Tuesday, January 28, 2014

Calamity Days: Are we raising soft kids?

Most of the nation is in calamity day central.  This morning it was -10.8 F.  Now that is cold!  Add a windchill warning that is over at noon TOMORROW and we'll just say, the nose hairs are sticking together rather efficiently when breathing in through the nostrils while outside.

I have to ask though, are we raising soft children?

The first days of January gave us three days off in a row.  The first two days were beyond cold.  We were at -12 F.  I get it.  Too cold to go out.  On the third day, many school districts were out not because of the cold specifically, but because the buses wouldn't start.  Now, I'm thinking that if buses hadn't been started in over 2 weeks that someone would have the forethought to go start them BEFORE school was due back in session that next day.  Alas, they did not and that error chopped off another calamity day.

We didn't have school Friday.  They said it was cold and while it was cold, it wasn't non-functional.  We had no school yesterday.  When I went to work, it was 30 degrees.  It started lowering, but by the time the kids would have gotten out of school, it was still 20.  (Yes, I know.  Add a windchill reading to that.)  At any rate, in our area, these kids could have gone to school those two days.

Our children haven't been to school for a full week since the week before Christmas break started.

I was speaking to the retired principal of K's elementary.  I told him that I thought we were raising soft kids and he agreed.  When we went to school, we went regardless.

There was snow to my waist and we went.  We didn't call off unless the city that I'm currently living in called off and they never called off.  If they called off, you knew that it was a don't-leave-your-house day.  Throw whatever you have in a pot for soup and hope for the best.

If it was cold, you just put on more layers.

I remember being on 2 hour delay once because we had an ice storm while the leaves were still on the trees.  Much of the city was without power, but we still went to school.

Even Kent State didn't call off when we had a shooter running around.  They also didn't call off when it was -25 F (-50 F with windchill.)  They delayed classes.  You know what?  We survived it.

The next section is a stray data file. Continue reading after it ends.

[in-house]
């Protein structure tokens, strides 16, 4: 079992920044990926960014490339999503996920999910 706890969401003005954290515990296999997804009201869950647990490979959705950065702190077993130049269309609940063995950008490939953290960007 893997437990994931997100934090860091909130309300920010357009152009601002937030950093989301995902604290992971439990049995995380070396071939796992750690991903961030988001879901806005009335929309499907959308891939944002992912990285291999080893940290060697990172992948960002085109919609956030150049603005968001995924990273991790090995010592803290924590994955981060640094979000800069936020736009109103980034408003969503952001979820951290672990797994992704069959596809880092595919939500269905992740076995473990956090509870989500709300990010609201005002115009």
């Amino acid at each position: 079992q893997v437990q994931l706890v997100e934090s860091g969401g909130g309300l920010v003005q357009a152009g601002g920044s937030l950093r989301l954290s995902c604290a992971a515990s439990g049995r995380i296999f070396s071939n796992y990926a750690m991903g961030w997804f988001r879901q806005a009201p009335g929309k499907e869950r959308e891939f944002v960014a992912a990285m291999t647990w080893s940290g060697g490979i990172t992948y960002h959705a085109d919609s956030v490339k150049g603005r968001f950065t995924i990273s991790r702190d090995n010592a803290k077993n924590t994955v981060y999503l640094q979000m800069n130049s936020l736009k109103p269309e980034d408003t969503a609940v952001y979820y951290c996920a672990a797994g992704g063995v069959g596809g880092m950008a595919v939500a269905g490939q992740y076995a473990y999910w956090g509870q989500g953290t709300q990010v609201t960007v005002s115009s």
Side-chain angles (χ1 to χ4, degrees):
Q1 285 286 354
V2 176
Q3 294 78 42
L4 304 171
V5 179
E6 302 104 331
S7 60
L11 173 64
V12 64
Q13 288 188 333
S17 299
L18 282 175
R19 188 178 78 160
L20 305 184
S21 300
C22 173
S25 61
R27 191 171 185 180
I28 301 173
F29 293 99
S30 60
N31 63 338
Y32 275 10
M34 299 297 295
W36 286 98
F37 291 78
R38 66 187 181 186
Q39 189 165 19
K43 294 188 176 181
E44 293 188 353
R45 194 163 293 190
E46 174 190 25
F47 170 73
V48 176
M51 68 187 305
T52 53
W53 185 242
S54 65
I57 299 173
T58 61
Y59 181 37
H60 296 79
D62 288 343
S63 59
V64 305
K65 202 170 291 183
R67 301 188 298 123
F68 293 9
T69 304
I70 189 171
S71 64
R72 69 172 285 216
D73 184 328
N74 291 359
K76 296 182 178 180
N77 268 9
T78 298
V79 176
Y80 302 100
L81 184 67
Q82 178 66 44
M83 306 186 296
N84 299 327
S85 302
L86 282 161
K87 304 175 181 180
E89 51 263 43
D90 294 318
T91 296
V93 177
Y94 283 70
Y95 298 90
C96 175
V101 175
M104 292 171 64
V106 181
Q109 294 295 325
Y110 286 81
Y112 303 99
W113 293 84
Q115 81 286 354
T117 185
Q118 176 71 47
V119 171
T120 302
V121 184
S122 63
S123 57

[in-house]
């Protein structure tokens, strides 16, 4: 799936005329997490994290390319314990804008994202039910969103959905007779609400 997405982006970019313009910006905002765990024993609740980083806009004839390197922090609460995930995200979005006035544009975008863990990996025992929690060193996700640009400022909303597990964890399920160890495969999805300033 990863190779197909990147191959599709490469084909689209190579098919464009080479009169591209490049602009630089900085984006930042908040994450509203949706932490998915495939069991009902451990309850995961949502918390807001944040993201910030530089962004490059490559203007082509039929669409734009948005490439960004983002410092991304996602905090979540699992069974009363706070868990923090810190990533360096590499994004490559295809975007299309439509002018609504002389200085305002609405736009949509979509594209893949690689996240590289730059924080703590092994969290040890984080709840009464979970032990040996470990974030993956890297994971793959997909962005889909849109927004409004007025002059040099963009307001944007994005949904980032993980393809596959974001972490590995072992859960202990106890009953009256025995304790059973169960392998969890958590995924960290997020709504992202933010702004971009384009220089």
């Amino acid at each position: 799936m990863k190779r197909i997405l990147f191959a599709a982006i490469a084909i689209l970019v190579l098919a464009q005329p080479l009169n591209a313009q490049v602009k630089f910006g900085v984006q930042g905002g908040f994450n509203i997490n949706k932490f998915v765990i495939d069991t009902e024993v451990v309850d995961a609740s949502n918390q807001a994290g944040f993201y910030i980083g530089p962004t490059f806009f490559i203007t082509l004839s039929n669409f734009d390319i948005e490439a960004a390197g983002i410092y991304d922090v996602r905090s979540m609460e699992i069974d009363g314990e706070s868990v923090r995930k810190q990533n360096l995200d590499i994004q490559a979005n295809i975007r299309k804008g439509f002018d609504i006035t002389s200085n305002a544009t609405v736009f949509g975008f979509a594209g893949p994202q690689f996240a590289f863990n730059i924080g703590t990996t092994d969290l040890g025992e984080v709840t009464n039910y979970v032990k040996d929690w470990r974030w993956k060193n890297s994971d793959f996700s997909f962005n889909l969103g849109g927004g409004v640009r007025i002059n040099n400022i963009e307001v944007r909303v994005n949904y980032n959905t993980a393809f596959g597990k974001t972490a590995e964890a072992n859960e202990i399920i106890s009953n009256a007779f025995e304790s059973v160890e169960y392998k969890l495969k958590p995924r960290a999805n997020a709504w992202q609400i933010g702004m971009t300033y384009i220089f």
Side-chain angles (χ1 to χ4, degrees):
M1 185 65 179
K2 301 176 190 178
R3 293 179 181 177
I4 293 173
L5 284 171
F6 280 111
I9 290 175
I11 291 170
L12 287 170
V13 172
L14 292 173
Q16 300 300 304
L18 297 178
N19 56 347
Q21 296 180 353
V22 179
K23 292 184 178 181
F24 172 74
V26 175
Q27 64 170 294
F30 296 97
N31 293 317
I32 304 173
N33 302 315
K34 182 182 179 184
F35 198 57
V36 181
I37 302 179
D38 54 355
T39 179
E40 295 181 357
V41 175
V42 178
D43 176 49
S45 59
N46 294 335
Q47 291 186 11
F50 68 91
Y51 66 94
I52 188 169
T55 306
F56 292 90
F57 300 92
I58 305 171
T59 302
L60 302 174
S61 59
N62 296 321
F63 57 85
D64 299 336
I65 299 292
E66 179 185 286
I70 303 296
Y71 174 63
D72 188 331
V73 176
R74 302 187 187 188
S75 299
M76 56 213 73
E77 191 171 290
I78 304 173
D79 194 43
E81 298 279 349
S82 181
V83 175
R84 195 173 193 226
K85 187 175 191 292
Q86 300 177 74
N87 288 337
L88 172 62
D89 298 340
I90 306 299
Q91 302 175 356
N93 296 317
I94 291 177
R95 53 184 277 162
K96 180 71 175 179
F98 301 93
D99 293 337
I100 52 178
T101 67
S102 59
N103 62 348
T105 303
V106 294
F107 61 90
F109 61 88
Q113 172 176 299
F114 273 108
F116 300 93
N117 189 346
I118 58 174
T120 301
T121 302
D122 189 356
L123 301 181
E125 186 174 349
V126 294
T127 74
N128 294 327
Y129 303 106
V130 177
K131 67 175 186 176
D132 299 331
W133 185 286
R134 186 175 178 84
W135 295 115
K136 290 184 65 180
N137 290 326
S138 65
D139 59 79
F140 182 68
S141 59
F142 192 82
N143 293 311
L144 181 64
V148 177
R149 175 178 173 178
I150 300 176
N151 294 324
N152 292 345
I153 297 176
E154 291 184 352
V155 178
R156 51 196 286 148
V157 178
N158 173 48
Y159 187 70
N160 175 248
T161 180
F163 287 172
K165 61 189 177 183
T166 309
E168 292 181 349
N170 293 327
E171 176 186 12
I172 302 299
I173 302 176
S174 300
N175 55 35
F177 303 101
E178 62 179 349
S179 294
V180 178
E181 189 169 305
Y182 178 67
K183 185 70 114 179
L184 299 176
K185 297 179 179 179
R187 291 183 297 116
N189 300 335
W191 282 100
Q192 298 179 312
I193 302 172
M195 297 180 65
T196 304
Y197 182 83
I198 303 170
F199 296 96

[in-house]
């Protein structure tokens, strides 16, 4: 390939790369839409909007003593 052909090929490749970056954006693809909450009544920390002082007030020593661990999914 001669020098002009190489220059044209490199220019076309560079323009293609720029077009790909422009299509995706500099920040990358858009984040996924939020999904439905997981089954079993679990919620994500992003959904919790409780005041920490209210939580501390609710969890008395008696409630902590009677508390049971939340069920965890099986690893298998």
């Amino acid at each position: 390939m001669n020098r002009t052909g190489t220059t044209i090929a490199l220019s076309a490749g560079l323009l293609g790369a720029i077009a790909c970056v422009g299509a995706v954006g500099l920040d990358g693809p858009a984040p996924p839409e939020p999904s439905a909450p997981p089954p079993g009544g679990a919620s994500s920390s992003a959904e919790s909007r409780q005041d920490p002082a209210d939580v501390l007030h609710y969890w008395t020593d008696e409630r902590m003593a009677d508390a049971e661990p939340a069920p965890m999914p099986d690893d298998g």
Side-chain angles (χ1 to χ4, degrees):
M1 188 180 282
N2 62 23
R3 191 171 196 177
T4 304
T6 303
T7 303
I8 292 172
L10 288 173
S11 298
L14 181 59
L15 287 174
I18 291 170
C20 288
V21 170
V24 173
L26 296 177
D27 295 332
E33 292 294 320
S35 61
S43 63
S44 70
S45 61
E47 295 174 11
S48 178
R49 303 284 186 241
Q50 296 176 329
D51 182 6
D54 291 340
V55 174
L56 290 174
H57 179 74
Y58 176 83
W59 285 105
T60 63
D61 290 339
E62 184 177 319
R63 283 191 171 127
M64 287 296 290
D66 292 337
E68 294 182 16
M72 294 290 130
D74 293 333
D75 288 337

The suburbs have busing.  The kids go from their house to the bus to the building.  They have very little outdoor exposure.  25% of our kids are bussed.  Very few kids walk.  (We don't when it is this cold.)  Most are driven to school in warm cars and dropped within 15 - 20 feet from the door to a geothermal heated building.

We went to school in the heat.  It was hot and we weren't allowed to wear sandals or flip flops or shorts.  The windows were opened and the janitor mowed the lawn as you were trying to learn.  We survived, yet there are times that schools are closed because the AC is out.

Now obviously, there are different conditions for everything.  Acceptable road conditions for NE Ohio are different than in Williamsburg.  Acceptable cold is different in NE Ohio than it is in Georgia.

It just seems that the schools are bowing to the worry that they will be sued by parents who are afraid that their kids might get a little cold or a little sweaty.

Use calamity days.  Use them when needed.  Use weather forecasts.  However, be reasonable with it. At this rate, our kids will be in school until July.

ETA:  We have tomorrow off, too.  Right now at 8:30 PM, it is - 1.5 F and it is only getting colder.

2 comments:

ChupieandJ'smama (Janeen) said...

As a fellow Ohioan, I totally agree!! It's winter in Ohio. We get cold and snow. Todays -11 might have warranted a calamity day, but Friday was not that cold and yesterday it was 12 here. YES, we are raising soft kids. And I think it is because of our litigious society. I drive the boys. I drop them off almost right at the door and they are outside at pick up no longer that 3-4 minutes max. I'm the one standing outside longer than they are waiting for them to be dismissed. This is starting to borderline on the ridiculous.

Heidi Castro said...

I taught with a teacher from New York, she would always say that if NY called off school for the ice we have here, they'd never have school! :)
Some schools are calling off school in our state just because the heating costs are too high when temps drop below zero for so long (not our schools, but about an hour away). Hurry up Spring!!